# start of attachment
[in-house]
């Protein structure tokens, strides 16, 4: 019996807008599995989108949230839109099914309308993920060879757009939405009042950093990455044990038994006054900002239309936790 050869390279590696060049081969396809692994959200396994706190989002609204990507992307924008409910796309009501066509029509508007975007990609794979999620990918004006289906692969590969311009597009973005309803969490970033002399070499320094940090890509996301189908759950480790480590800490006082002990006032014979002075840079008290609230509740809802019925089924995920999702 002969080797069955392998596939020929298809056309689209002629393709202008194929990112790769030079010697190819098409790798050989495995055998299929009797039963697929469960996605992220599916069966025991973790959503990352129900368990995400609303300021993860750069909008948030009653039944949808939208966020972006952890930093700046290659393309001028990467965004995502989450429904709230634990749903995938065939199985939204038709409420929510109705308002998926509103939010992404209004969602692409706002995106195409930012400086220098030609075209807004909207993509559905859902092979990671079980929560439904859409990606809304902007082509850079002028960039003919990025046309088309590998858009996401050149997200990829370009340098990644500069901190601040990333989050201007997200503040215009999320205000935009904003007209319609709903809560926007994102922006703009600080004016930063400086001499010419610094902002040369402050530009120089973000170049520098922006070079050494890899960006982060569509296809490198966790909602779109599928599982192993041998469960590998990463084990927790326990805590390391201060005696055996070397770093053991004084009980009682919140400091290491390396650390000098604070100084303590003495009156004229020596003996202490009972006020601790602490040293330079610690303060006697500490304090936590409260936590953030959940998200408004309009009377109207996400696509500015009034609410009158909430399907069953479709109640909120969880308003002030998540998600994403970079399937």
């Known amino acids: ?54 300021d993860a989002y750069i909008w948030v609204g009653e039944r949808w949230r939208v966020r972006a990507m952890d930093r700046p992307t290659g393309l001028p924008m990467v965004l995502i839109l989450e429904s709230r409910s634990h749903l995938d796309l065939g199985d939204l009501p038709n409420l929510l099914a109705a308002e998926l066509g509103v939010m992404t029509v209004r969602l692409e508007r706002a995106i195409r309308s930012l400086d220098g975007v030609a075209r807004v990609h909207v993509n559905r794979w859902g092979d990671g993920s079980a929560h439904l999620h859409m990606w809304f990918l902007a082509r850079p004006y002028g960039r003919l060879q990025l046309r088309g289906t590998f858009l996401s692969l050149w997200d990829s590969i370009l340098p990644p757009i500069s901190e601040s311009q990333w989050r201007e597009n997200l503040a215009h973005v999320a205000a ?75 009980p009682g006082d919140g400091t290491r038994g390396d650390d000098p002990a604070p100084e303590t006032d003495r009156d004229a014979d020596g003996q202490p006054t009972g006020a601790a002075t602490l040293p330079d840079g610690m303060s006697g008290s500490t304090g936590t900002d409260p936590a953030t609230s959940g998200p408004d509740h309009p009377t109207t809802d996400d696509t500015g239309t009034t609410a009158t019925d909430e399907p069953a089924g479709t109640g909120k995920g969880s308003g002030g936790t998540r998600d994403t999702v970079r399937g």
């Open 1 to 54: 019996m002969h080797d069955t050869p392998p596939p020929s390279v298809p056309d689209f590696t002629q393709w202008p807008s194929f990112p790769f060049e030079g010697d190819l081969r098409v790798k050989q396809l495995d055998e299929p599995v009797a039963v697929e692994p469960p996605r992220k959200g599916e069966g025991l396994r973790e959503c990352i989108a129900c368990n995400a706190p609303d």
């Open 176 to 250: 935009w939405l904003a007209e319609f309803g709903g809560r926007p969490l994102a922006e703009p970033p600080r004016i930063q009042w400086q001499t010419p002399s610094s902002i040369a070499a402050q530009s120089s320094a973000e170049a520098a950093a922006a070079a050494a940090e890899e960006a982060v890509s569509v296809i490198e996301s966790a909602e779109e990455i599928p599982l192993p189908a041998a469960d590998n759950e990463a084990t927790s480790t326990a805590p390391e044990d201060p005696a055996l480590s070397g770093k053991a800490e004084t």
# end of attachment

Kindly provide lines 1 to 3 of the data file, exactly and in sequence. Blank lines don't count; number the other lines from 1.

[in-house]
């Protein structure tokens, strides 16, 4: 019996807008599995989108949230839109099914309308993920060879757009939405009042950093990455044990038994006054900002239309936790 050869390279590696060049081969396809692994959200396994706190989002609204990507992307924008409910796309009501066509029509508007975007990609794979999620990918004006289906692969590969311009597009973005309803969490970033002399070499320094940090890509996301189908759950480790480590800490006082002990006032014979002075840079008290609230509740809802019925089924995920999702 002969080797069955392998596939020929298809056309689209002629393709202008194929990112790769030079010697190819098409790798050989495995055998299929009797039963697929469960996605992220599916069966025991973790959503990352129900368990995400609303300021993860750069909008948030009653039944949808939208966020972006952890930093700046290659393309001028990467965004995502989450429904709230634990749903995938065939199985939204038709409420929510109705308002998926509103939010992404209004969602692409706002995106195409930012400086220098030609075209807004909207993509559905859902092979990671079980929560439904859409990606809304902007082509850079002028960039003919990025046309088309590998858009996401050149997200990829370009340098990644500069901190601040990333989050201007997200503040215009999320205000935009904003007209319609709903809560926007994102922006703009600080004016930063400086001499010419610094902002040369402050530009120089973000170049520098922006070079050494890899960006982060569509296809490198966790909602779109599928599982192993041998469960590998990463084990927790326990805590390391201060005696055996070397770093053991004084009980009682919140400091290491390396650390000098604070100084303590003495009156004229020596003996202490009972006020601790602490040293330079610690303060006697500490304090936590409260936590953030959940998200408004309009009377109207996400696509500015009034609410009158909430399907069953479709109640909120969880308003002030998540998600994403970079399937």
């Known amino acids: ?54 300021d993860a989002y750069i909008w948030v609204g009653e039944r949808w949230r939208v966020r972006a990507m952890d930093r700046p992307t290659g393309l001028p924008m990467v965004l995502i839109l989450e429904s709230r409910s634990h749903l995938d796309l065939g199985d939204l009501p038709n409420l929510l099914a109705a308002e998926l066509g509103v939010m992404t029509v209004r969602l692409e508007r706002a995106i195409r309308s930012l400086d220098g975007v030609a075209r807004v990609h909207v993509n559905r794979w859902g092979d990671g993920s079980a929560h439904l999620h859409m990606w809304f990918l902007a082509r850079p004006y002028g960039r003919l060879q990025l046309r088309g289906t590998f858009l996401s692969l050149w997200d990829s590969i370009l340098p990644p757009i500069s901190e601040s311009q990333w989050r201007e597009n997200l503040a215009h973005v999320a205000a ?75 009980p009682g006082d919140g400091t290491r038994g390396d650390d000098p002990a604070p100084e303590t006032d003495r009156d004229a014979d020596g003996q202490p006054t009972g006020a601790a002075t602490l040293p330079d840079g610690m303060s006697g008290s500490t304090g936590t900002d409260p936590a953030t609230s959940g998200p408004d509740h309009p009377t109207t809802d996400d696509t500015g239309t009034t609410a009158t019925d909430e399907p069953a089924g479709t109640g909120k995920g969880s308003g002030g936790t998540r998600d994403t999702v970079r399937g």